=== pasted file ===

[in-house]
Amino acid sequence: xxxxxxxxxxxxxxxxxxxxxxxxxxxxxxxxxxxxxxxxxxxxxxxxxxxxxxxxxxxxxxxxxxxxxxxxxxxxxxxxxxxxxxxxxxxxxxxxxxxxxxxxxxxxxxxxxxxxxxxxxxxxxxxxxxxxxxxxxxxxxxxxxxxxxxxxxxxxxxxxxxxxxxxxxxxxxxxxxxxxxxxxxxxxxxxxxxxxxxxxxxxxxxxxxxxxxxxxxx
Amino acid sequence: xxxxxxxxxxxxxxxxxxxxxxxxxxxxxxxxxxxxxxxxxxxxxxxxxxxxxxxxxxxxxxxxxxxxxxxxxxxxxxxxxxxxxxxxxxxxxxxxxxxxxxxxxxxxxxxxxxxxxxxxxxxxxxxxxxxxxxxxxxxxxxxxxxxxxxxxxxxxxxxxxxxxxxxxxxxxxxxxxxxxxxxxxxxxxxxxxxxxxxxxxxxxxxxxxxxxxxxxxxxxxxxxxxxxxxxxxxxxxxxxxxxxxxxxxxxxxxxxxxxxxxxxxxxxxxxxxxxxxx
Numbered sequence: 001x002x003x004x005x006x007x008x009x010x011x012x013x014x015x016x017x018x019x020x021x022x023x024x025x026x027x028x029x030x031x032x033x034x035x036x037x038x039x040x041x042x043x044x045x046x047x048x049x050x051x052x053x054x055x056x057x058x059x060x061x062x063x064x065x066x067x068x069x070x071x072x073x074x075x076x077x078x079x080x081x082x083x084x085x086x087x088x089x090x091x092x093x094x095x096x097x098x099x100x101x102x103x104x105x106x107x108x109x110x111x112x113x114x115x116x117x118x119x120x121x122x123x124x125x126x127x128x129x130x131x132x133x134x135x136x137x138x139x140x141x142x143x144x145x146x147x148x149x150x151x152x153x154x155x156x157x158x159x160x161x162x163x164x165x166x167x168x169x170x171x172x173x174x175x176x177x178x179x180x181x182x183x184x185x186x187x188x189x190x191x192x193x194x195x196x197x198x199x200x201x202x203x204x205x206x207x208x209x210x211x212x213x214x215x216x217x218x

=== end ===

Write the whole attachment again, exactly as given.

[in-house]
Amino acid sequence: xxxxxxxxxxxxxxxxxxxxxxxxxxxxxxxxxxxxxxxxxxxxxxxxxxxxxxxxxxxxxxxxxxxxxxxxxxxxxxxxxxxxxxxxxxxxxxxxxxxxxxxxxxxxxxxxxxxxxxxxxxxxxxxxxxxxxxxxxxxxxxxxxxxxxxxxxxxxxxxxxxxxxxxxxxxxxxxxxxxxxxxxxxxxxxxxxxxxxxxxxxxxxxxxxxxxxxxxxx
Amino acid sequence: xxxxxxxxxxxxxxxxxxxxxxxxxxxxxxxxxxxxxxxxxxxxxxxxxxxxxxxxxxxxxxxxxxxxxxxxxxxxxxxxxxxxxxxxxxxxxxxxxxxxxxxxxxxxxxxxxxxxxxxxxxxxxxxxxxxxxxxxxxxxxxxxxxxxxxxxxxxxxxxxxxxxxxxxxxxxxxxxxxxxxxxxxxxxxxxxxxxxxxxxxxxxxxxxxxxxxxxxxxxxxxxxxxxxxxxxxxxxxxxxxxxxxxxxxxxxxxxxxxxxxxxxxxxxxxxxxxxxxx
Numbered sequence: 001x002x003x004x005x006x007x008x009x010x011x012x013x014x015x016x017x018x019x020x021x022x023x024x025x026x027x028x029x030x031x032x033x034x035x036x037x038x039x040x041x042x043x044x045x046x047x048x049x050x051x052x053x054x055x056x057x058x059x060x061x062x063x064x065x066x067x068x069x070x071x072x073x074x075x076x077x078x079x080x081x082x083x084x085x086x087x088x089x090x091x092x093x094x095x096x097x098x099x100x101x102x103x104x105x106x107x108x109x110x111x112x113x114x115x116x117x118x119x120x121x122x123x124x125x126x127x128x129x130x131x132x133x134x135x136x137x138x139x140x141x142x143x144x145x146x147x148x149x150x151x152x153x154x155x156x157x158x159x160x161x162x163x164x165x166x167x168x169x170x171x172x173x174x175x176x177x178x179x180x181x182x183x184x185x186x187x188x189x190x191x192x193x194x195x196x197x198x199x200x201x202x203x204x205x206x207x208x209x210x211x212x213x214x215x216x217x218x